It is important that non-EU clinical trial sponsors meet GDPR principles when conducting their clinical studies in Europe. Clinical trial sponsors should be aware not only of the principles of personal data protection, but also of the penalties for non-compliance. Following all requirements of the GDPR is essential for successfully carrying out clinical trials in Europe.
What Is GDPR?
GDPR stands for the General Data Protection Regulation. This European Union regulation protects the rights of EU citizens to privacy in regard to their personal information. The GDPR regulates how third parties collect and use personal data gathered in Europe. Moreover, it applies to all entities that collect personal data within the European Union and the European Economic Area (EEA), even if that entity is based outside the EU or EEA.
An EU regulation is a legal act that applies at the national level of EU-member states. When the European Parliament passes a regulation, that rule acts as law within each member state. Member states do not need to create their own law, although EU regulations are applied and enforced by local authorities. Within member states, EU regulations have the force of law.
One of the most ubiquitous consequences of the GDPR is the requirement that all websites shown in Europe provide detailed information about how they track visitors and that such tracking functions on an opt-in model. But this is just one aspect of the GDPR, which includes requirements that apply specifically to clinical trials.
What Are the Fines and Sanctions for Not Meeting GDPR Rules in Europe?
The most likely penalties for violating the GDPR are the temporary prohibition on processing future data in Europe as well as the payment of a hefty fine. The Data Protection Authorities in each EU and EEA member state are mandated to enforce the GDPR and do not hesitate to impose both sanctions and fines for not following its requirements.
Within this broad range, the Data Protection Authorities have been given the charge to penalize with fines that are “effective, proportionate and dissuasive,” according to the European Commission . Fines can be up to 20 million euros or 4 percent of a company’s total global turnover.
The Data Protection Authorities can also prohibit companies from processing data in Europe. The ban can either be temporary or permanent.
When issuing penalties for GDPR violations, the Data Protection Authorities take into account “the nature, gravity and duration of the infringement, its intentional or negligent character, any action taken to mitigate the damage suffered by individuals, the degree of cooperation of the organisation,” among other factors cited by the European Commission .
In the best-case scenario, the company will receive a reprimand and fine for a proven infraction. In the worst case, the company would be permanently prohibited from working in the EU but will also have to pay a multi-million euro fine.
Under the GDPR, companies can also be held liable for negligence if they are hacked. For example, in the case of a cyber-attack that results in a hacker viewing or accessing personal data, the EU will investigate company security practices. If they find that the company was lax in its cyber security, the company could face sanctions and fines. In Europe, companies that collect data have the duty to protect the rights of EU-citizens to the privacy of their personal data.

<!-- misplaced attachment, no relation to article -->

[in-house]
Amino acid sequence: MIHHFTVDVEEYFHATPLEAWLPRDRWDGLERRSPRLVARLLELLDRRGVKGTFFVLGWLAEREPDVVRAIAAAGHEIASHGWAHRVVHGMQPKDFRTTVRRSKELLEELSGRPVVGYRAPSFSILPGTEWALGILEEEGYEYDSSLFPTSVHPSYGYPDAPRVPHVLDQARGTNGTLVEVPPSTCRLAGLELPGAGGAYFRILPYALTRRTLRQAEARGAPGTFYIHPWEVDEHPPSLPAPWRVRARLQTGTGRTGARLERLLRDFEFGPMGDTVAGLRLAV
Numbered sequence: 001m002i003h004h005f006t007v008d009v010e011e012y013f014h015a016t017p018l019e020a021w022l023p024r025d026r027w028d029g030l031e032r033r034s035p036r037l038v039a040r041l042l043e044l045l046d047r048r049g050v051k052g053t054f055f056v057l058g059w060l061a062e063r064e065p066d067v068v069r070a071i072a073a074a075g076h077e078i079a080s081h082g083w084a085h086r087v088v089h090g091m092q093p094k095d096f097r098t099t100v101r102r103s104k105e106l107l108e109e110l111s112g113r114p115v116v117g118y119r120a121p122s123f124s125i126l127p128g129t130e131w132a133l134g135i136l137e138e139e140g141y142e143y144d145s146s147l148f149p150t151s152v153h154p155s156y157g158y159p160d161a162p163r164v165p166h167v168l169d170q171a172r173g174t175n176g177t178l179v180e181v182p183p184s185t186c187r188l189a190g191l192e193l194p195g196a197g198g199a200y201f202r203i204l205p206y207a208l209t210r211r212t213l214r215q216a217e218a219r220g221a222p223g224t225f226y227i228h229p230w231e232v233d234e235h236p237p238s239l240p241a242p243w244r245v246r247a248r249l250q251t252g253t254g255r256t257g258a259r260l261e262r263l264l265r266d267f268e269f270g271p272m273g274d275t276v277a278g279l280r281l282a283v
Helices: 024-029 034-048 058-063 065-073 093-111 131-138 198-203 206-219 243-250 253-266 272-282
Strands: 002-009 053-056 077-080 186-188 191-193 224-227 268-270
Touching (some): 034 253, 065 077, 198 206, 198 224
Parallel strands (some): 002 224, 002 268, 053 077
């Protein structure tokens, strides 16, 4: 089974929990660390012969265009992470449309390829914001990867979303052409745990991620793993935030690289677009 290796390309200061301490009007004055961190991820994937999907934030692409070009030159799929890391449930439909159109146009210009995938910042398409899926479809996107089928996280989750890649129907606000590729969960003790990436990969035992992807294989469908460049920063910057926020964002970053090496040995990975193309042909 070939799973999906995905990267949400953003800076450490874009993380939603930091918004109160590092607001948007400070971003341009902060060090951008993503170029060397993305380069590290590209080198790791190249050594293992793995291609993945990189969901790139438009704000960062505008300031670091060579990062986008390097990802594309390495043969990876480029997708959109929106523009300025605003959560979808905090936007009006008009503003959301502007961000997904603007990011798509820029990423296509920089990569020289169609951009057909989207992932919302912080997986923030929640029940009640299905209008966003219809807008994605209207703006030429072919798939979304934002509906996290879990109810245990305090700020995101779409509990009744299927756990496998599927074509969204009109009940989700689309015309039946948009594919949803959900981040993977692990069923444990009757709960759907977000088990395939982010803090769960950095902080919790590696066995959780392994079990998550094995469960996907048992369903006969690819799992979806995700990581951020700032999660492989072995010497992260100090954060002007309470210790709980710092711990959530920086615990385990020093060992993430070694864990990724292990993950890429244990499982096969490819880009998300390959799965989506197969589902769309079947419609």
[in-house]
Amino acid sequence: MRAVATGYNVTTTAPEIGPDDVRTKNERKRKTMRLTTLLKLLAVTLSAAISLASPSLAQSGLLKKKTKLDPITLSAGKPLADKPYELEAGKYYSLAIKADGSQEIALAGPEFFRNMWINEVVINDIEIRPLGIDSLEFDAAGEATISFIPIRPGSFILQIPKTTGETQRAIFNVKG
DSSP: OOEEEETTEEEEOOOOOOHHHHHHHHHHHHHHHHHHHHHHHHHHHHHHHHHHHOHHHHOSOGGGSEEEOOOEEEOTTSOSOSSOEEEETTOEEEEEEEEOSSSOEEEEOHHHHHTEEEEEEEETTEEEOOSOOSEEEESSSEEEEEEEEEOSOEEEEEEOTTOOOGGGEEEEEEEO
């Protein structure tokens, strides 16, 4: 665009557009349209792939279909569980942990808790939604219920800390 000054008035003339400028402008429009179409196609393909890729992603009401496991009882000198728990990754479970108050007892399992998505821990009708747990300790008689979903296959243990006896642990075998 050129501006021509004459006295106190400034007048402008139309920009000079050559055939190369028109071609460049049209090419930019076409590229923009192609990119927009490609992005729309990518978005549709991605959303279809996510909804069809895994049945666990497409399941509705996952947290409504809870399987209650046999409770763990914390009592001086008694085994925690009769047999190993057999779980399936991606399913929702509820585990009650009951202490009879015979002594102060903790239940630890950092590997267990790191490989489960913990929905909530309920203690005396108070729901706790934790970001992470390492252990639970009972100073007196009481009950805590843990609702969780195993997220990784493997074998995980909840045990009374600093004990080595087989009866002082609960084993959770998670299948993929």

Fines and sanctions can apply to violations of any part of the GDPR, which covers every aspect of data collection and processing.
Are US Clinical Trial Sponsors Required to Comply with GDPR When Executing Their Clinical Studies in Europe?
Yes, the GDPR applies to US clinical trial sponsors when conducting clinical trials in Europe. Since the GDPR is exerted on any entity that deals with the personal data of people within the EU or EEA, no matter where that entity is located, it is employed in all clinical trials conducted in Europe. US sponsors executing clinical trials within the EU or EEA must comply with all provisions of the GDPR.
The EU has shown it can and will enforce the GDPR both in and beyond Europe. It has also demonstrated that its enforcement is not limited to big tech firms. For example, the Dutch Data Protection Authority fined the website Locatefamily.com 525,000 euros for failing to appoint an EU representative as required by Article 27. The location of the website is unclear, but it came to the attention of the Dutch Data Protection Commission following complaints from Dutch citizens about how their personal information was being used .
Europe takes the GDPR very seriously, so sponsors working within the EU must do so as well.
How Does GDPR Apply to Clinical Trials?
The section Clinical Trials Regulation sets out the GDPR’s specific requirements for clinical trials.
Under the Clinical Trials Regulation, sponsors of clinical trials are expected to “record, process, store and handle data in such a way that it can be accurately reported, interpreted and verified, while preserving the confidentiality of the records and requiring appropriate technical and organisational measures to protect information and personal data.” 
The Clinical Trials Regulation assumes that clinical trials follow the best practices, but its requirements also go far beyond industry standards. Essentially, clinical trials in Europe must be able to produce highly reliable and robust research data while protecting the rights of citizens in order not to have their personal information unnecessarily exposed.